Tribute To Chief Msogwaba
14 January 2001
The Mpumalanga Provincial Legislature received the news of the death of Chief Msogwaba with deep sadness and shock. It is lamentable that in a short space of time, our province has once more has been robbed of one of its outstanding leaders.
Chief Nkosi leaves us at a critical time in the political history of our country. An important debate is going on the role of traditional leaders in a democracy. The seriousness and intensity of the debate almost threatened our very democracy, as we approached the local government elections in December 2000.
We should, however, take advantage of the opportunity presented by the Presidency's commitment to dialogue on the role of traditional leaders in a democratic environment. We should acknowledge that the tensions that exist between traditional leaders and democratically elected leaders are inevitable. What is critical, however is how we manage these tensions without compromising our people's wellbeing.
Over the past five years, development in areas under the control of traditional leaders has been moving at a slow pace, mainly due to these tensions. This is unacceptable. The freedom that we fought for and won in 1994 and for which so many of our people paid with their lives cannot be denied to people who live in areas controlled by chiefs. There is therefore an urgent need to address the matter of relationships between the traditional leaders and democratically elected leaders in particular their role with speed.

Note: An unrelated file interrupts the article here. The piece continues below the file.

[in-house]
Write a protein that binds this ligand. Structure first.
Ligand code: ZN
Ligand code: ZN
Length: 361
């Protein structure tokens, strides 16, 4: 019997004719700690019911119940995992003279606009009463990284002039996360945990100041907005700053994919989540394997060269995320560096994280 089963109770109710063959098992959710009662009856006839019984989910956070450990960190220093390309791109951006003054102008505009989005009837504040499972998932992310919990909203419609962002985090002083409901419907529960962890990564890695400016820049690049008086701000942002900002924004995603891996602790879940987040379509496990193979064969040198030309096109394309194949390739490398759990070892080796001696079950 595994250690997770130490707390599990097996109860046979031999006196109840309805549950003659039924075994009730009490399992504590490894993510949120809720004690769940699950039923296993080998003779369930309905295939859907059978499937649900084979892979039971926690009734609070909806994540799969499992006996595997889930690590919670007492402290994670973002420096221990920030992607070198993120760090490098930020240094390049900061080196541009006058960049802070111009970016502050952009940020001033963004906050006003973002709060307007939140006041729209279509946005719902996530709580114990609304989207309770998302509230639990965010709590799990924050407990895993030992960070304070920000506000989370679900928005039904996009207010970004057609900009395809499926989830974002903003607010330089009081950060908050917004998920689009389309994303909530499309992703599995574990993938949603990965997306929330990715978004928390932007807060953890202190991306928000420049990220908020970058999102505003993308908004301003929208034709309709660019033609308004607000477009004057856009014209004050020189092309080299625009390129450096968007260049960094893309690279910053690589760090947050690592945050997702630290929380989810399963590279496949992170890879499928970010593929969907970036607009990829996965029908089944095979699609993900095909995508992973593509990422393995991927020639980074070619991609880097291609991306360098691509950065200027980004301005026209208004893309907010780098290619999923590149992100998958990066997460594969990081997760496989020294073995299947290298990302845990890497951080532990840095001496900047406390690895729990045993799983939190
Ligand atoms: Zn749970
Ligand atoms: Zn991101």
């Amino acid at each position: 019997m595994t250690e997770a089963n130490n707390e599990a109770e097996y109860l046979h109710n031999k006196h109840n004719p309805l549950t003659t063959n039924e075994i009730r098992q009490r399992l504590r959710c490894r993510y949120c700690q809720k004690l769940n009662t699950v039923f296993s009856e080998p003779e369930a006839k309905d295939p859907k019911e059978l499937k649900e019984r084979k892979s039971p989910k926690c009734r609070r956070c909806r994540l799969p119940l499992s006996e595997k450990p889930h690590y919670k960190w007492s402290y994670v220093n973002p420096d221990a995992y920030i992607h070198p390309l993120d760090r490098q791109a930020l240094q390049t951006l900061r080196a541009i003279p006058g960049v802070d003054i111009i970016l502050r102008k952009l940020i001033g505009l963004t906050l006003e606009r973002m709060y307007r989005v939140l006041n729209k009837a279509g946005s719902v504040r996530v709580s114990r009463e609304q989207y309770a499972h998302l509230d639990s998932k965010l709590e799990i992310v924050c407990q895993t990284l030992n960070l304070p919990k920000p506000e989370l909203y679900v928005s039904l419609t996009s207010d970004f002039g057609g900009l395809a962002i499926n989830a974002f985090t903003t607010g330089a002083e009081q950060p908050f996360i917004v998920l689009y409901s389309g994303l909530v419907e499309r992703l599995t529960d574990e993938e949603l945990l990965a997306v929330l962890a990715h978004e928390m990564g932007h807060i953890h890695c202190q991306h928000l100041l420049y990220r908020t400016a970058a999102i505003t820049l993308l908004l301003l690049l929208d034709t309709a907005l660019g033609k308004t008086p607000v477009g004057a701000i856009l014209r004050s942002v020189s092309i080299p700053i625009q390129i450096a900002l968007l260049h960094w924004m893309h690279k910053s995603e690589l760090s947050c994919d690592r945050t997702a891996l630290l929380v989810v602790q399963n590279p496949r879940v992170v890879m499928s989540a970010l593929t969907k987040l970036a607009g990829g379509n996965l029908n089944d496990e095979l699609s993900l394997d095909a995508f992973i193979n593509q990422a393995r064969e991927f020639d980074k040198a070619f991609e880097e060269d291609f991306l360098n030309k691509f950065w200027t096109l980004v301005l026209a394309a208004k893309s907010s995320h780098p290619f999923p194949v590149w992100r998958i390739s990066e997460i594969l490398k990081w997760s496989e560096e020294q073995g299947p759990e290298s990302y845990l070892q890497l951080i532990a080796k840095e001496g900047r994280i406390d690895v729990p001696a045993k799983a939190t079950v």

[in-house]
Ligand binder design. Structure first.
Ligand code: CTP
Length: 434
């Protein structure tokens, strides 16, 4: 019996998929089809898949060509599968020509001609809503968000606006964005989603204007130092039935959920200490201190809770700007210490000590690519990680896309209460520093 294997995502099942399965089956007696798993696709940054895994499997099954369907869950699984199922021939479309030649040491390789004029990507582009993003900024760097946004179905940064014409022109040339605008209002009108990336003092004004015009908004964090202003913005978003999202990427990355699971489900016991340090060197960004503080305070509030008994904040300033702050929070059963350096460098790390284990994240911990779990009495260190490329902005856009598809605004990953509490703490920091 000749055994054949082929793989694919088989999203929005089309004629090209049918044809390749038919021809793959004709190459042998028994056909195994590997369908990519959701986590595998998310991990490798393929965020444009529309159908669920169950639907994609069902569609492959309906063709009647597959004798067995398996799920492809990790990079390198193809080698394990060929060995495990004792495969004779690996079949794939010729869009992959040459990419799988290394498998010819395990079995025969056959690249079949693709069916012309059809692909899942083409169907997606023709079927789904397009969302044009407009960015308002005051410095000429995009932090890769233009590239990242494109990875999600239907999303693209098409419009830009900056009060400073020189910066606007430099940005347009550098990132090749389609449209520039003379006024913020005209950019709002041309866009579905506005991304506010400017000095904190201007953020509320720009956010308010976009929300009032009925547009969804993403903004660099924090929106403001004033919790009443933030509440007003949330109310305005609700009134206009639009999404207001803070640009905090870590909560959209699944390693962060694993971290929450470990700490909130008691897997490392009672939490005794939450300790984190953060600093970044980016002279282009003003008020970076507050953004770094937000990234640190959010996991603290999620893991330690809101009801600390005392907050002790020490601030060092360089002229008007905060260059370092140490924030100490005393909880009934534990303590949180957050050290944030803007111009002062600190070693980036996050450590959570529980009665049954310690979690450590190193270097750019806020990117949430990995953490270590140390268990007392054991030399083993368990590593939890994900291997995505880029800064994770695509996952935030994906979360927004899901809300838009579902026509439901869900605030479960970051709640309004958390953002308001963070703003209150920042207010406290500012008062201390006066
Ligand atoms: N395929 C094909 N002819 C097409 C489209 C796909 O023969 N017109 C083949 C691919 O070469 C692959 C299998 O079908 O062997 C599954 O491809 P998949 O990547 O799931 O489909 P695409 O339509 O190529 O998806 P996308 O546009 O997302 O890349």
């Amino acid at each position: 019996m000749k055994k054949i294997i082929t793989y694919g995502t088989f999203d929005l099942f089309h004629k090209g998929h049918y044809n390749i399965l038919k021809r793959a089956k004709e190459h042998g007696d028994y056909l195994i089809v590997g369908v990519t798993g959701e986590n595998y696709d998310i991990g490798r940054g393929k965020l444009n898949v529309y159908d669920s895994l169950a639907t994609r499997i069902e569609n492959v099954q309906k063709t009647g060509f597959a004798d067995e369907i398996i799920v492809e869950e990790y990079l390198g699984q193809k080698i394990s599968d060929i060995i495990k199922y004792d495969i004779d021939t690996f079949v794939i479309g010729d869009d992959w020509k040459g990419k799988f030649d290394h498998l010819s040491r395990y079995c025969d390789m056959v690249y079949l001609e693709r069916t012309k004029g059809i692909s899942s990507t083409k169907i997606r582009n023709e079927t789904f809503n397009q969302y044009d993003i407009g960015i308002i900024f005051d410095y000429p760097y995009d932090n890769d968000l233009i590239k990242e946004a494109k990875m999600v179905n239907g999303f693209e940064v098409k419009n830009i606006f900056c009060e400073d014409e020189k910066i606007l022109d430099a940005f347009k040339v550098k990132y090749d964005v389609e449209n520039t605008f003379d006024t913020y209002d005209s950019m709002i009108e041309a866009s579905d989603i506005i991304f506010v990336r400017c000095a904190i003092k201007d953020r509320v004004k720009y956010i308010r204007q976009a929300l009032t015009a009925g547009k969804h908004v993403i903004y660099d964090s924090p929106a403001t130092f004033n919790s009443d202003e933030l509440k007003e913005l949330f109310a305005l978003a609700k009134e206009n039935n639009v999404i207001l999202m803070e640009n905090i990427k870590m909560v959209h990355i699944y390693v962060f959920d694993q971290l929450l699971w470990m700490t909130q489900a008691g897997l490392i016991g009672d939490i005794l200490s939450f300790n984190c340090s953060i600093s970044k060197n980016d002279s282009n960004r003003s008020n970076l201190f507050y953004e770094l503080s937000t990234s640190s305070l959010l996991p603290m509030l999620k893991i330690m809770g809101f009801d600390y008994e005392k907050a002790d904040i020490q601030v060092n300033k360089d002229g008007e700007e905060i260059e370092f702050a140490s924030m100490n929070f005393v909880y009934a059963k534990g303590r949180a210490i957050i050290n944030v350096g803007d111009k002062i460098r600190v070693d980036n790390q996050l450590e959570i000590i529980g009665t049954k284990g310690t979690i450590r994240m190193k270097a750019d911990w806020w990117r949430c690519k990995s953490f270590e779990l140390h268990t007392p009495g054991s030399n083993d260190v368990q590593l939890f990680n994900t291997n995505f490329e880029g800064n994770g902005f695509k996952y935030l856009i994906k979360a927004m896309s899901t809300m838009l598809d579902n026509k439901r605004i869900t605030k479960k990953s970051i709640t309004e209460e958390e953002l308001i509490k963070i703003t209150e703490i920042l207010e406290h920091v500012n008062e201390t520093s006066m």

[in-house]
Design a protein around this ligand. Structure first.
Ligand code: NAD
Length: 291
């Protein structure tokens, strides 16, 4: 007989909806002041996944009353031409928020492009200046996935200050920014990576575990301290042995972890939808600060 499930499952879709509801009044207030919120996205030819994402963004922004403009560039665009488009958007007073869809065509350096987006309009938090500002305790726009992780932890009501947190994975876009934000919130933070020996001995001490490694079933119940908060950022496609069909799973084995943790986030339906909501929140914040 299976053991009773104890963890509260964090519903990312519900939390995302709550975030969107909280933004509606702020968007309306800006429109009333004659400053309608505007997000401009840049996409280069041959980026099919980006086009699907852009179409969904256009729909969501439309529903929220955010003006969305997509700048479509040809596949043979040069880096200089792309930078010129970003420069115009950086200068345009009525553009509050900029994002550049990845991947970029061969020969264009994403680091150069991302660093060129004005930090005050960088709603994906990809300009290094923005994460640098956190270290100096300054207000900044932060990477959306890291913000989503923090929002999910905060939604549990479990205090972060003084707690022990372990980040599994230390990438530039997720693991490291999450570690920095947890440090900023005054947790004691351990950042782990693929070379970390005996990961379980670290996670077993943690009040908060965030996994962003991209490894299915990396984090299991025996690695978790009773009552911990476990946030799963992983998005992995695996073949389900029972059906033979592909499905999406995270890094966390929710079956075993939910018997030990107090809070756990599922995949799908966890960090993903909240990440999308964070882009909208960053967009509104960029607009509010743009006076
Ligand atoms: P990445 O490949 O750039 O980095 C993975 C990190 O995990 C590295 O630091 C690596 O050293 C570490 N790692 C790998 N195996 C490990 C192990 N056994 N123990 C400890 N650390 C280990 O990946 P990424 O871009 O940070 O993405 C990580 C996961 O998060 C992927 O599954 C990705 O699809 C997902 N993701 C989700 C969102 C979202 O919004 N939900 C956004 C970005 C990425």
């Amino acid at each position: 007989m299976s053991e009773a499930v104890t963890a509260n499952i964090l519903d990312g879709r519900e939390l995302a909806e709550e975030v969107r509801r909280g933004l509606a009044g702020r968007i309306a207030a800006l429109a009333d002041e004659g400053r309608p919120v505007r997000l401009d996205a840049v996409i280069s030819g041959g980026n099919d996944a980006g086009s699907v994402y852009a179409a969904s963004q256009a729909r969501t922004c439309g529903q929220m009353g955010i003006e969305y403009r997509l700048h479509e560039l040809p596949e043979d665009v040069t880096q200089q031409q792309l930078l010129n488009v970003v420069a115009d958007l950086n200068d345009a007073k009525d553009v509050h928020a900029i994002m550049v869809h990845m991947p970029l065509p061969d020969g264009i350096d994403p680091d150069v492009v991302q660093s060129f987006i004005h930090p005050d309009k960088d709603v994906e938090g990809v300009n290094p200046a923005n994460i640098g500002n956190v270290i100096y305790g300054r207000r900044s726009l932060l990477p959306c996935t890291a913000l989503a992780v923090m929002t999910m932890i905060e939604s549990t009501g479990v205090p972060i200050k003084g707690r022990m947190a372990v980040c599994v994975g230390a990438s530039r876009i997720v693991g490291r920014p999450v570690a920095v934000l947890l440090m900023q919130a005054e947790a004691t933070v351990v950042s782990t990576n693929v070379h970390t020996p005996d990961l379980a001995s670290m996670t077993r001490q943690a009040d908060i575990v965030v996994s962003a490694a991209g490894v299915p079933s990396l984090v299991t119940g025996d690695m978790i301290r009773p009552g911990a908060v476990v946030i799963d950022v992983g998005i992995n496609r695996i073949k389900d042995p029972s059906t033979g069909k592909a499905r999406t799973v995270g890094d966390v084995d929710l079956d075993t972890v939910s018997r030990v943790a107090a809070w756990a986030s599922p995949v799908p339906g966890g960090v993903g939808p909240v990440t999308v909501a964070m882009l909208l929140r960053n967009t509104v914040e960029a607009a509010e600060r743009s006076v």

I have no doubt that Chief Nkosi would have played a very critical role during these discussions. His ability to relate with all people will sorely be missed from these discussions. We believe, however, that the best way to honour him, is to emulate his rare humble but pragmatic character when dealing with sensitive matters. This is a challenge facing those he is leaving behind.
His leadership has touched many people's lives and he will always be alive in the thoughts of the people he has led. All those who have lived and worked with him will miss his humbleness and yet pragmatic approach to issues that affected his community. His departure will, undoubtedly leave a vacuum that will be difficult to fill in his family and the people who cherished him.
To the Nkosi family, I wish to say that we know how difficult it is to lose a father, a husband, a relative and a loved one. However, you should know that he may be gone today, but he will always be in our thoughts and that the Lord has decided it is time to recall him.
We know that no words are enough to take away the grief that you are going through, but we wish to state that our thoughts and prayers will always be with you during these trying times. Akwehlanga Lungehlanga.
SPEAKER OF THE MPUMALANGA PROVINCIAL LEGISLATURE